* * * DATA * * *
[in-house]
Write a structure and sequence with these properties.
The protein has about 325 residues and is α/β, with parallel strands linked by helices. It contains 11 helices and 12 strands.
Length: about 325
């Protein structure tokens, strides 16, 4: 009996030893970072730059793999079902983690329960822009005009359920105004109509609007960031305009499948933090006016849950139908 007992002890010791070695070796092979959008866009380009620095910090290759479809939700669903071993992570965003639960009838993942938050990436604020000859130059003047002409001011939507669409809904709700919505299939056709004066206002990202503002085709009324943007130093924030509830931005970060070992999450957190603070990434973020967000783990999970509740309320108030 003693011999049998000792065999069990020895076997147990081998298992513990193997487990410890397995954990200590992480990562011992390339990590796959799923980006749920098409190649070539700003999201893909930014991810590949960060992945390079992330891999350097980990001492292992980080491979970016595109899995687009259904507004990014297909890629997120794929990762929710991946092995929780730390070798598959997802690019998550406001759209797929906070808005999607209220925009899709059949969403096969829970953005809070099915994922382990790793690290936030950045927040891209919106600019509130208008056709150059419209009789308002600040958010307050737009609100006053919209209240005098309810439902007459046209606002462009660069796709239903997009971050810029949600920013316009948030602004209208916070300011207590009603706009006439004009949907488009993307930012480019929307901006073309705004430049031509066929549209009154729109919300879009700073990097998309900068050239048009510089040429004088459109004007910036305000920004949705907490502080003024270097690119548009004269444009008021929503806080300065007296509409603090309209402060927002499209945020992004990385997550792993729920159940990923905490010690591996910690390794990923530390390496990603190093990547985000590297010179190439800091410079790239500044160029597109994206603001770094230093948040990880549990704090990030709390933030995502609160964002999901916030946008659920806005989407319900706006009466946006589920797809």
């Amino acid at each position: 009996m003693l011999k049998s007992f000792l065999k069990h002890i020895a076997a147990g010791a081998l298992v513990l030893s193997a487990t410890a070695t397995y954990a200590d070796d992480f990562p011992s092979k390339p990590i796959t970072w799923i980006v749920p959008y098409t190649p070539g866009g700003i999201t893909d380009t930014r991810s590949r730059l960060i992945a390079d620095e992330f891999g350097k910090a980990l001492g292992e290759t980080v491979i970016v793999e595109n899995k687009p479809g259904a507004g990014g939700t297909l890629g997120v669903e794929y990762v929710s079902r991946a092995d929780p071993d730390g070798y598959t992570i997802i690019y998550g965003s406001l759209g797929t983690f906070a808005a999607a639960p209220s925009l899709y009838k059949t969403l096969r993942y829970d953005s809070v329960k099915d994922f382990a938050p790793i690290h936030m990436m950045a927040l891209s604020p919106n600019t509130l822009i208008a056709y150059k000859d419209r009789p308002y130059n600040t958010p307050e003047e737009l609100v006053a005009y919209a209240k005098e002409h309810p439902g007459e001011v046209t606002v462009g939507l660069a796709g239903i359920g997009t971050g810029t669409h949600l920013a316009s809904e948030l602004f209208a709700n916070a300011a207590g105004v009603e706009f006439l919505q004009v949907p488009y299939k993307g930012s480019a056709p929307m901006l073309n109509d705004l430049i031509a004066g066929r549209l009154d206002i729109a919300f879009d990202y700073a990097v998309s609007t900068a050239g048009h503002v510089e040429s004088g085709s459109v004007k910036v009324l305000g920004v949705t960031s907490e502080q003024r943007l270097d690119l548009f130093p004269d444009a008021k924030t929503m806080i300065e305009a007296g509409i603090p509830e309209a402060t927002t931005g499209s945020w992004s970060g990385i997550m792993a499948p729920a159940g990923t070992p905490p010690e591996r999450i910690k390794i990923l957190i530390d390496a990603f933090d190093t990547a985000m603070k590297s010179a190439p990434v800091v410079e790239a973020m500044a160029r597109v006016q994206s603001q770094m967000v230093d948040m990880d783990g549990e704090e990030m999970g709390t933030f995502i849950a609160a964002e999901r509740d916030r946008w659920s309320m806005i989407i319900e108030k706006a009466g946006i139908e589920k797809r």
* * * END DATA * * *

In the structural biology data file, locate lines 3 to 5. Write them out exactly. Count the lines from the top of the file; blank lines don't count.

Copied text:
The protein has about 325 residues and is α/β, with parallel strands linked by helices. It contains 11 helices and 12 strands.
Length: about 325
């Protein structure tokens, strides 16, 4: 009996030893970072730059793999079902983690329960822009005009359920105004109509609007960031305009499948933090006016849950139908 007992002890010791070695070796092979959008866009380009620095910090290759479809939700669903071993992570965003639960009838993942938050990436604020000859130059003047002409001011939507669409809904709700919505299939056709004066206002990202503002085709009324943007130093924030509830931005970060070992999450957190603070990434973020967000783990999970509740309320108030 003693011999049998000792065999069990020895076997147990081998298992513990193997487990410890397995954990200590992480990562011992390339990590796959799923980006749920098409190649070539700003999201893909930014991810590949960060992945390079992330891999350097980990001492292992980080491979970016595109899995687009259904507004990014297909890629997120794929990762929710991946092995929780730390070798598959997802690019998550406001759209797929906070808005999607209220925009899709059949969403096969829970953005809070099915994922382990790793690290936030950045927040891209919106600019509130208008056709150059419209009789308002600040958010307050737009609100006053919209209240005098309810439902007459046209606002462009660069796709239903997009971050810029949600920013316009948030602004209208916070300011207590009603706009006439004009949907488009993307930012480019929307901006073309705004430049031509066929549209009154729109919300879009700073990097998309900068050239048009510089040429004088459109004007910036305000920004949705907490502080003024270097690119548009004269444009008021929503806080300065007296509409603090309209402060927002499209945020992004990385997550792993729920159940990923905490010690591996910690390794990923530390390496990603190093990547985000590297010179190439800091410079790239500044160029597109994206603001770094230093948040990880549990704090990030709390933030995502609160964002999901916030946008659920806005989407319900706006009466946006589920797809």